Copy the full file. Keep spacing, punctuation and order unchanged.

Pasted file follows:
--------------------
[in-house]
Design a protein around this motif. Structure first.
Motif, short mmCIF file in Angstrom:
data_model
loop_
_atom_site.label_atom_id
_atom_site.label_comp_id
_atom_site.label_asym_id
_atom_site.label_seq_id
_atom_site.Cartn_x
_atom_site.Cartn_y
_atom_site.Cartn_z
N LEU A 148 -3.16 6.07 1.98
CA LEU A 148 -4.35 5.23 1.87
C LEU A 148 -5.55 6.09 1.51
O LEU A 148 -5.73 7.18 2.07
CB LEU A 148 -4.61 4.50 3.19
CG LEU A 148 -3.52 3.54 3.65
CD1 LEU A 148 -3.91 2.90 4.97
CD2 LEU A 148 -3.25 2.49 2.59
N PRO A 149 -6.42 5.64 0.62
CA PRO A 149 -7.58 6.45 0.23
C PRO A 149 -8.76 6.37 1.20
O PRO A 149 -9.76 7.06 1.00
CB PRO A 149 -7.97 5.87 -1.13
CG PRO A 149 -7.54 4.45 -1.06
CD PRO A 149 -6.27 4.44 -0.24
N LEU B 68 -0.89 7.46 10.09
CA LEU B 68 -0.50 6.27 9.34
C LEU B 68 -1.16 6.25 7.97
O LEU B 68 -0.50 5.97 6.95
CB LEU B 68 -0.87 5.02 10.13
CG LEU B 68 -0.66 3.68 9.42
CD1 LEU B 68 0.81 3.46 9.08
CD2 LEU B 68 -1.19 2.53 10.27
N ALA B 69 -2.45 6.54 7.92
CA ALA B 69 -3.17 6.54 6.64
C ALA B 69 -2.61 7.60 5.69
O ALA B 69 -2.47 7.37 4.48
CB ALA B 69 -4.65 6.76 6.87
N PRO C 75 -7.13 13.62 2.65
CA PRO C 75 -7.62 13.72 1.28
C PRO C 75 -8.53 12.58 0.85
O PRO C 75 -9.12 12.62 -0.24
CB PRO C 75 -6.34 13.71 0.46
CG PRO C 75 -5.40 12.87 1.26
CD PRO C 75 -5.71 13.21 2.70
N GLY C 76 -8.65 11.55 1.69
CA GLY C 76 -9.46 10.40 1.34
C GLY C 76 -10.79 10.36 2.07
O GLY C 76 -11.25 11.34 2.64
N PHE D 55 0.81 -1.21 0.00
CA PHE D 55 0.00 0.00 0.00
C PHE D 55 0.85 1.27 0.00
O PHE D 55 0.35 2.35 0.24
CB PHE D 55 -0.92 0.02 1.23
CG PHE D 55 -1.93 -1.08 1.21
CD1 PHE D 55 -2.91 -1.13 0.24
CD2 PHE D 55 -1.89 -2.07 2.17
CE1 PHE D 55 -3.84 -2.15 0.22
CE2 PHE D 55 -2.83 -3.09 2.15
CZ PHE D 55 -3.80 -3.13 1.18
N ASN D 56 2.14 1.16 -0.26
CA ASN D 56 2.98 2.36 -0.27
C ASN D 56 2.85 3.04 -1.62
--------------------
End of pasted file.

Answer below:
[in-house]
Design a protein around this motif. Structure first.
Motif, short mmCIF file in Angstrom:
data_model
loop_
_atom_site.label_atom_id
_atom_site.label_comp_id
_atom_site.label_asym_id
_atom_site.label_seq_id
_atom_site.Cartn_x
_atom_site.Cartn_y
_atom_site.Cartn_z
N LEU A 148 -3.16 6.07 1.98
CA LEU A 148 -4.35 5.23 1.87
C LEU A 148 -5.55 6.09 1.51
O LEU A 148 -5.73 7.18 2.07
CB LEU A 148 -4.61 4.50 3.19
CG LEU A 148 -3.52 3.54 3.65
CD1 LEU A 148 -3.91 2.90 4.97
CD2 LEU A 148 -3.25 2.49 2.59
N PRO A 149 -6.42 5.64 0.62
CA PRO A 149 -7.58 6.45 0.23
C PRO A 149 -8.76 6.37 1.20
O PRO A 149 -9.76 7.06 1.00
CB PRO A 149 -7.97 5.87 -1.13
CG PRO A 149 -7.54 4.45 -1.06
CD PRO A 149 -6.27 4.44 -0.24
N LEU B 68 -0.89 7.46 10.09
CA LEU B 68 -0.50 6.27 9.34
C LEU B 68 -1.16 6.25 7.97
O LEU B 68 -0.50 5.97 6.95
CB LEU B 68 -0.87 5.02 10.13
CG LEU B 68 -0.66 3.68 9.42
CD1 LEU B 68 0.81 3.46 9.08
CD2 LEU B 68 -1.19 2.53 10.27
N ALA B 69 -2.45 6.54 7.92
CA ALA B 69 -3.17 6.54 6.64
C ALA B 69 -2.61 7.60 5.69
O ALA B 69 -2.47 7.37 4.48
CB ALA B 69 -4.65 6.76 6.87
N PRO C 75 -7.13 13.62 2.65
CA PRO C 75 -7.62 13.72 1.28
C PRO C 75 -8.53 12.58 0.85
O PRO C 75 -9.12 12.62 -0.24
CB PRO C 75 -6.34 13.71 0.46
CG PRO C 75 -5.40 12.87 1.26
CD PRO C 75 -5.71 13.21 2.70
N GLY C 76 -8.65 11.55 1.69
CA GLY C 76 -9.46 10.40 1.34
C GLY C 76 -10.79 10.36 2.07
O GLY C 76 -11.25 11.34 2.64
N PHE D 55 0.81 -1.21 0.00
CA PHE D 55 0.00 0.00 0.00
C PHE D 55 0.85 1.27 0.00
O PHE D 55 0.35 2.35 0.24
CB PHE D 55 -0.92 0.02 1.23
CG PHE D 55 -1.93 -1.08 1.21
CD1 PHE D 55 -2.91 -1.13 0.24
CD2 PHE D 55 -1.89 -2.07 2.17
CE1 PHE D 55 -3.84 -2.15 0.22
CE2 PHE D 55 -2.83 -3.09 2.15
CZ PHE D 55 -3.80 -3.13 1.18
N ASN D 56 2.14 1.16 -0.26
CA ASN D 56 2.98 2.36 -0.27
C ASN D 56 2.85 3.04 -1.62